However, liver function also affects the barrier function of the gut. Anatomically, the liver and gut are connected by the portal vein system (Covey et al., 2004). The normal functioning of the portal system as well as normal liver function allow harmful metabolic substances produced in the gut to be decomposed in the liver, thus maintaining the remaining part of the blood with normal levels of toxins (Wiest et al., 2017). Regulation of ammonia levels entering the portal circulation depends on the urea cycle in the liver as well as on muscle and kidney metabolism (Milosevic et al., 2019; Raj et al., 2020). Unfortunately, the loss of normal liver function and abnormal conditions, such as portal-systemic syndrome during the disease, reduce metabolic function. In cirrhosis, the increase of plasma ammonia in cirrhosis is mainly due to portal-systemic shunting, since ammonia is a substance highly extracted by the liver. Ammonia enters the circulation and then penetrates the blood brain barrier, leading to neuropsychiatric complications such as HE (Milosevic et al., 2019).

The Role of Gut Microbiota in the Pathogenesis of HE From the Gut–Brain–Liver Axis Perspective

Although the pathogenesis of HE is unclear, the hypothesis that the microbiota plays an important role in this condition has been confirmed. Some evidence shows that the higher risk of microbiota dysbiosis in cirrhotic patients, with the subsequent clinical implications, is principally due to the various pathological interactions between the liver and the gastrointestinal tract. The alteration in gut motility, the higher pH, and the reduced bile acid concentrations in the colons of patients with cirrhosis may lead to a failure to control gut bacterial overgrowth.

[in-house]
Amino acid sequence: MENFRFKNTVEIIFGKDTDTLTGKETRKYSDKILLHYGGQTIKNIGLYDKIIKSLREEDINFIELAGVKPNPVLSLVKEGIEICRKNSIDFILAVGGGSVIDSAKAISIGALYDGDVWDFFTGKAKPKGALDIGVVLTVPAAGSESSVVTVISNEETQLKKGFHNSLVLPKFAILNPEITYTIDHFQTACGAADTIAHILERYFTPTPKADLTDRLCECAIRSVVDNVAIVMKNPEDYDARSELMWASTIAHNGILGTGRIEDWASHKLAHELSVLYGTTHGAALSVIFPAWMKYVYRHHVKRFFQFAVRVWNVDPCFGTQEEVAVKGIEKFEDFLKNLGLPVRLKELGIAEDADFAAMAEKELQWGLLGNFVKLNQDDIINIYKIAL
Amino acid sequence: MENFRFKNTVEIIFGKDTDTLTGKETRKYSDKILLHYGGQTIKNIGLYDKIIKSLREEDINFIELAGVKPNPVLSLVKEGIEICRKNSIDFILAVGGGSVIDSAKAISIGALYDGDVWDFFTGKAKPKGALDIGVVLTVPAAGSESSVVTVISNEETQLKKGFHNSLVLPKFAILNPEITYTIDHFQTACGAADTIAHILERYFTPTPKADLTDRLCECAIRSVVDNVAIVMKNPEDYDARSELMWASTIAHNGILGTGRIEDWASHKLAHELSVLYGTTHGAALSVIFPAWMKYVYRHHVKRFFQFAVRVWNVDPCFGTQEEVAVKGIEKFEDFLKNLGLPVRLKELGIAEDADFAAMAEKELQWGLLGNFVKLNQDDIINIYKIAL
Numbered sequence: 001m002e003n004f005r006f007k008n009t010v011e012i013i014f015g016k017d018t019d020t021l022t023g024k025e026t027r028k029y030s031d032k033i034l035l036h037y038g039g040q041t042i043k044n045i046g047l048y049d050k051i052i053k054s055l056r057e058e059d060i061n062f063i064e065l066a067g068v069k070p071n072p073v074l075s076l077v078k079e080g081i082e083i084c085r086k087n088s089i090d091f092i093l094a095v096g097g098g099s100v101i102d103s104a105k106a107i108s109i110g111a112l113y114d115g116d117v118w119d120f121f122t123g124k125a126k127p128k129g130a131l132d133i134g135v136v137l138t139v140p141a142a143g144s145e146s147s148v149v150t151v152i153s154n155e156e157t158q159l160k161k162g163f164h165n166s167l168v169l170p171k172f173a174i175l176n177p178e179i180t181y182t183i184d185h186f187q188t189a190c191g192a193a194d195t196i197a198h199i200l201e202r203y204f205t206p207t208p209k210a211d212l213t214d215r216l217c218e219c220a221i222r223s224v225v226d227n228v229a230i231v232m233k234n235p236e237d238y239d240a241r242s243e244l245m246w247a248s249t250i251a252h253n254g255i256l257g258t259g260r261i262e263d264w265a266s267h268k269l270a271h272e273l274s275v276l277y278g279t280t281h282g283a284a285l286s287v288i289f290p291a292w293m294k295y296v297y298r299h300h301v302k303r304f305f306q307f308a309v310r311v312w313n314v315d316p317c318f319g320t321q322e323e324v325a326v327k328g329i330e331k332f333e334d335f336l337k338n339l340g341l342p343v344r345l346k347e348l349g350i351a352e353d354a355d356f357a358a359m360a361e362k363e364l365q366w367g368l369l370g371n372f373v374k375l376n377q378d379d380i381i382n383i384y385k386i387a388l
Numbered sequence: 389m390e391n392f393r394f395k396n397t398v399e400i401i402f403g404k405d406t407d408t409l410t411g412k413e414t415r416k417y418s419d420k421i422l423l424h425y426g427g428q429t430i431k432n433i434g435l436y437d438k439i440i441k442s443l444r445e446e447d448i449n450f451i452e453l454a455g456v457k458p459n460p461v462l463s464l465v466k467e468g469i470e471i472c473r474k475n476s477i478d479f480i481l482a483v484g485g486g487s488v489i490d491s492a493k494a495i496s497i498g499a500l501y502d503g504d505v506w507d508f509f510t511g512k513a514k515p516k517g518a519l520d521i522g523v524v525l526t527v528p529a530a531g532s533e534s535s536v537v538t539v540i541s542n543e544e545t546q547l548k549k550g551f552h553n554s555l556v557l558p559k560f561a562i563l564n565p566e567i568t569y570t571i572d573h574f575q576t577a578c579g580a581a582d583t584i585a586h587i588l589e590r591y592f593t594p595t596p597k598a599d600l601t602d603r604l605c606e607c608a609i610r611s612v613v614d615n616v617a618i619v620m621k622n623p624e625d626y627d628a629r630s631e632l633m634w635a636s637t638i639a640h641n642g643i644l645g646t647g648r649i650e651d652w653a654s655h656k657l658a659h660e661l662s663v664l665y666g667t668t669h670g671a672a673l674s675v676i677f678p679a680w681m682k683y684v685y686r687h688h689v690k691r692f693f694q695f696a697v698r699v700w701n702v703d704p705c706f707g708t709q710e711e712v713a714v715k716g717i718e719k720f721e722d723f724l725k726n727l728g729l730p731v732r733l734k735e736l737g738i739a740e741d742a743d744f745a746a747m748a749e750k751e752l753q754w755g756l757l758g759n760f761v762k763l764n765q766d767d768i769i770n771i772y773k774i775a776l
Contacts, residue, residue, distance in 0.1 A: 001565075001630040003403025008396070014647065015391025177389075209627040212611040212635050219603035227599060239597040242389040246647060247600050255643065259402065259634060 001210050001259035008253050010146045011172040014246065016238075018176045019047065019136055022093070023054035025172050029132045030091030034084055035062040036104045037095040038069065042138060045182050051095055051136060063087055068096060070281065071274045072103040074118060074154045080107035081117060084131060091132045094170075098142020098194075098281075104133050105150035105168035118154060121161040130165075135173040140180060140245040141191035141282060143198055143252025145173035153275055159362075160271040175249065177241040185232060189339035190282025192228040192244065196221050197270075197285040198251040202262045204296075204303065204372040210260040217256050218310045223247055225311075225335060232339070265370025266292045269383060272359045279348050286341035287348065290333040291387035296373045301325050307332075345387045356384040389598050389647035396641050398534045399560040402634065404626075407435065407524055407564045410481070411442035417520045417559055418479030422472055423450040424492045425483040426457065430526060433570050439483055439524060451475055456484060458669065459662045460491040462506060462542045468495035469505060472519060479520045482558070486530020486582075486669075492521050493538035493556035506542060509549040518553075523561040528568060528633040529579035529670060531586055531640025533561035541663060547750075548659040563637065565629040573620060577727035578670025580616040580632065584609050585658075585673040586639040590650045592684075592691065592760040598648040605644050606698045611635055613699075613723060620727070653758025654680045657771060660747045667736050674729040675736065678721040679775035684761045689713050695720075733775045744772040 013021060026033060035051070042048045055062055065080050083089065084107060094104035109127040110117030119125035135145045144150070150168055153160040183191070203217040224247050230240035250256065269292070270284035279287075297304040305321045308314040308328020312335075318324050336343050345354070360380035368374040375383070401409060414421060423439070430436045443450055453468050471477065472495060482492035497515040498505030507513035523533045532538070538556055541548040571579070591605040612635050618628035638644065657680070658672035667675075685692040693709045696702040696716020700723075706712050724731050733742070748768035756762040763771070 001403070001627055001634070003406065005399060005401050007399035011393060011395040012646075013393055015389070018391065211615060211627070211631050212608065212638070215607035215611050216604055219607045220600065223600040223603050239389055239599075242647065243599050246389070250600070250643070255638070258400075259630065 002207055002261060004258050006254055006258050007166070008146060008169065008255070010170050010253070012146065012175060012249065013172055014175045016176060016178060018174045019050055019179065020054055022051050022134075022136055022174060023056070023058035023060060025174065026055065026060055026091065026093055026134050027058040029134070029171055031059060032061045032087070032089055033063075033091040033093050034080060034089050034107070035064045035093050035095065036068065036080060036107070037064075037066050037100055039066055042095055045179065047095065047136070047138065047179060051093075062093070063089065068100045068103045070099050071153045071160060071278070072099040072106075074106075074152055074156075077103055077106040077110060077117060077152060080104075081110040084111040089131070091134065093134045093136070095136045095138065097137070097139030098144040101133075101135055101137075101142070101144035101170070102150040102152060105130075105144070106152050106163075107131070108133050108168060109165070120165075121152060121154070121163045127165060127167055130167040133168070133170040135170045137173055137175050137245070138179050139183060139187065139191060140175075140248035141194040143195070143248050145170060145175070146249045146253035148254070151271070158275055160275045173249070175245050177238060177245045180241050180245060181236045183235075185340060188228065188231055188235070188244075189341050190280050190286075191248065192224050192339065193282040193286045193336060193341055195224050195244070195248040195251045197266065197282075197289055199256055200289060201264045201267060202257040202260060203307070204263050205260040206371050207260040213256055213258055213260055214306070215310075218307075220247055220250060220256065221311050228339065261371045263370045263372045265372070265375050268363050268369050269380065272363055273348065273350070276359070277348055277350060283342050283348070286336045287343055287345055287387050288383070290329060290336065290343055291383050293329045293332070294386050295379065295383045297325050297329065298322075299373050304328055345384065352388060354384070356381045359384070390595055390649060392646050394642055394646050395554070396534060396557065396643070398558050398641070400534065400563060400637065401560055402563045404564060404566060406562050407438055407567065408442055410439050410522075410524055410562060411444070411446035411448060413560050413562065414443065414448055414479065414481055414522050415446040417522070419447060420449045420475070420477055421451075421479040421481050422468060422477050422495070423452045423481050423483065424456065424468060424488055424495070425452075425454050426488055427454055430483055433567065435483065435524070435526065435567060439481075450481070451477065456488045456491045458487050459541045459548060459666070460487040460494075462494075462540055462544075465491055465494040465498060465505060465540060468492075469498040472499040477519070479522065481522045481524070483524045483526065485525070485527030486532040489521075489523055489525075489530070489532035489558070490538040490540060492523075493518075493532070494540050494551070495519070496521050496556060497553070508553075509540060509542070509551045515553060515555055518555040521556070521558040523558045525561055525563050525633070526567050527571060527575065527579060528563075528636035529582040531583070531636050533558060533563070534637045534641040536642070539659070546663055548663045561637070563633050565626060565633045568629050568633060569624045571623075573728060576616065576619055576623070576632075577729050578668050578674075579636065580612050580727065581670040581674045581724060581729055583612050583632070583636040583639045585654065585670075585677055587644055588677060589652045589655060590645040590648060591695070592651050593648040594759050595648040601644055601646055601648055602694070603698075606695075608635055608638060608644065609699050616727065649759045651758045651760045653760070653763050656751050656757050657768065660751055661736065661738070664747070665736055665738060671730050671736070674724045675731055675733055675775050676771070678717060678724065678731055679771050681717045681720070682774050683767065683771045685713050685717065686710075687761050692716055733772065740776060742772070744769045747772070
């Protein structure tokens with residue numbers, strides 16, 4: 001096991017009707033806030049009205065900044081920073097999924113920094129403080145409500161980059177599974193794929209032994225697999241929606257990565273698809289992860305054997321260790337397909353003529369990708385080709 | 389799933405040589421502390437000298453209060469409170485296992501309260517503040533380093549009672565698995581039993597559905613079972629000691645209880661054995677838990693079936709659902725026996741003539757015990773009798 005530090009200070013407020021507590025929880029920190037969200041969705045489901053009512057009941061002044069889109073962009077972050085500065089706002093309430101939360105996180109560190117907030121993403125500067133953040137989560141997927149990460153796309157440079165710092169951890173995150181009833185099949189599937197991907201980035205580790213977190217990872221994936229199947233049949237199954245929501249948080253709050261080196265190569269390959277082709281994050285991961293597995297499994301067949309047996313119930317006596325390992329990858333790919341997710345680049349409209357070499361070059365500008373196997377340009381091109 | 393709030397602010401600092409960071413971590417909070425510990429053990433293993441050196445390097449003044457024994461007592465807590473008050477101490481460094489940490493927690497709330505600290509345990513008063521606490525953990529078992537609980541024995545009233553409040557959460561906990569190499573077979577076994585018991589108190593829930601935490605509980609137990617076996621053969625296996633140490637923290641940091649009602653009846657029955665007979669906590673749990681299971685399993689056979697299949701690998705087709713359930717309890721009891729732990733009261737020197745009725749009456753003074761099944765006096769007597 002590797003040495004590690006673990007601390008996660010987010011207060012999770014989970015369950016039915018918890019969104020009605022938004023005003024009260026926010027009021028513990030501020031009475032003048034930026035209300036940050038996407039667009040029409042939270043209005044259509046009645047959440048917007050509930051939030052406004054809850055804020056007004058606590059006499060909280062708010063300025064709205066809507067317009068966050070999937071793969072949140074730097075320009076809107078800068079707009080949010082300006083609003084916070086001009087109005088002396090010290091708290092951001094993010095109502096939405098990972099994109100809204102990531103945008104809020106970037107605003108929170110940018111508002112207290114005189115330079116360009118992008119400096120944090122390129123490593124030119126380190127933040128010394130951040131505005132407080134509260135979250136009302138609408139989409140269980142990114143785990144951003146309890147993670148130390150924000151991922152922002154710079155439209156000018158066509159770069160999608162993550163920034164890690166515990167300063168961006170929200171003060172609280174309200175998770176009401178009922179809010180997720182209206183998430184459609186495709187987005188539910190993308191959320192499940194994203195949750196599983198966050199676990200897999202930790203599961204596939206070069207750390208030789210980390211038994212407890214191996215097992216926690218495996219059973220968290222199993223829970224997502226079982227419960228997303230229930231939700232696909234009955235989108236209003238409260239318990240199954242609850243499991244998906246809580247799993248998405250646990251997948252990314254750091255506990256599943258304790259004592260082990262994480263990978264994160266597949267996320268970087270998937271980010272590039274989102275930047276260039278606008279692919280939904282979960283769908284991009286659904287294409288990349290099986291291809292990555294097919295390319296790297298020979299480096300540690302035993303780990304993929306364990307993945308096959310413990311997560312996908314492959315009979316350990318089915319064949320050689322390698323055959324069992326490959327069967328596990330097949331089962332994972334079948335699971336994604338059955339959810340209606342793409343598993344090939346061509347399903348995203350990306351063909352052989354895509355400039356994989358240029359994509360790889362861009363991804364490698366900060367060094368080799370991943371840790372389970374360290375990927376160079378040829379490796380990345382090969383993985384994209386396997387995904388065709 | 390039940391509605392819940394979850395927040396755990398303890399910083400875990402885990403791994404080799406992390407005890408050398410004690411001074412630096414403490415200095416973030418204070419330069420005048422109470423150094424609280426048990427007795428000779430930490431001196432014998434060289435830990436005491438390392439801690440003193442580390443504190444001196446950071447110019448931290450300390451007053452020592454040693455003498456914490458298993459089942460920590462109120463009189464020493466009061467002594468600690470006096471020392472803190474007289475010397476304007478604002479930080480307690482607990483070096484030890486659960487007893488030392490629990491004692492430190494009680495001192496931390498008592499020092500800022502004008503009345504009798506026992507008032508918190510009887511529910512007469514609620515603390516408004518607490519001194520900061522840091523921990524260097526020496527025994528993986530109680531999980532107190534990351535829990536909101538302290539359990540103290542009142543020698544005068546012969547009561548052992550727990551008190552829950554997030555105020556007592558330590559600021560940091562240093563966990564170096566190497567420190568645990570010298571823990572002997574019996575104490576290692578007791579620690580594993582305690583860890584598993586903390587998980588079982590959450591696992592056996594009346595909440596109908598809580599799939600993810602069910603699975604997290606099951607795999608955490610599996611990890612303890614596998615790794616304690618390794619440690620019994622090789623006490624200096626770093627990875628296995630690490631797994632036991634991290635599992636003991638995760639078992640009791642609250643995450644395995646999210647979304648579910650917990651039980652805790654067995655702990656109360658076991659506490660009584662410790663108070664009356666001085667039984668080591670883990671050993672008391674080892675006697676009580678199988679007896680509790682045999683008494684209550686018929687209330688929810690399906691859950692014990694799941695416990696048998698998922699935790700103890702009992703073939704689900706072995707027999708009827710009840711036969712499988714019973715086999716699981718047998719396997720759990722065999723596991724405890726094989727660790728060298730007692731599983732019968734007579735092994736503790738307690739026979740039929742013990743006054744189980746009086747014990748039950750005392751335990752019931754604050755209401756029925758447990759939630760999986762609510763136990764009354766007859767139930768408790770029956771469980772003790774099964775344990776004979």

In addition, cirrhosis impairs the homeostatic role of the liver in the systemic immune response. Damage to the reticuloendothelial system compromises the liver immune surveillance function exerted by Kupffer cells and sinusoidal endothelial cells, and the reduced hepatic synthesis of proteins involved in innate immunity and pattern recognition hinders the bactericidal ability of phagocytic cells (Katz et al., 1991; Sipeki et al., 2014). Monocyte spreading, chemotaxis, and neutrophil activity are also significantly reduced in patients with cirrhosis compared with controls (Fiuza et al., 2000). This phenomenon can in turn compromise the gut barrier and facilitate bacterial translocation, an increased risk of gut bacterial infections and decompensated liver disease (Schnabl and Brenner, 2014; Betrapally et al., 2017).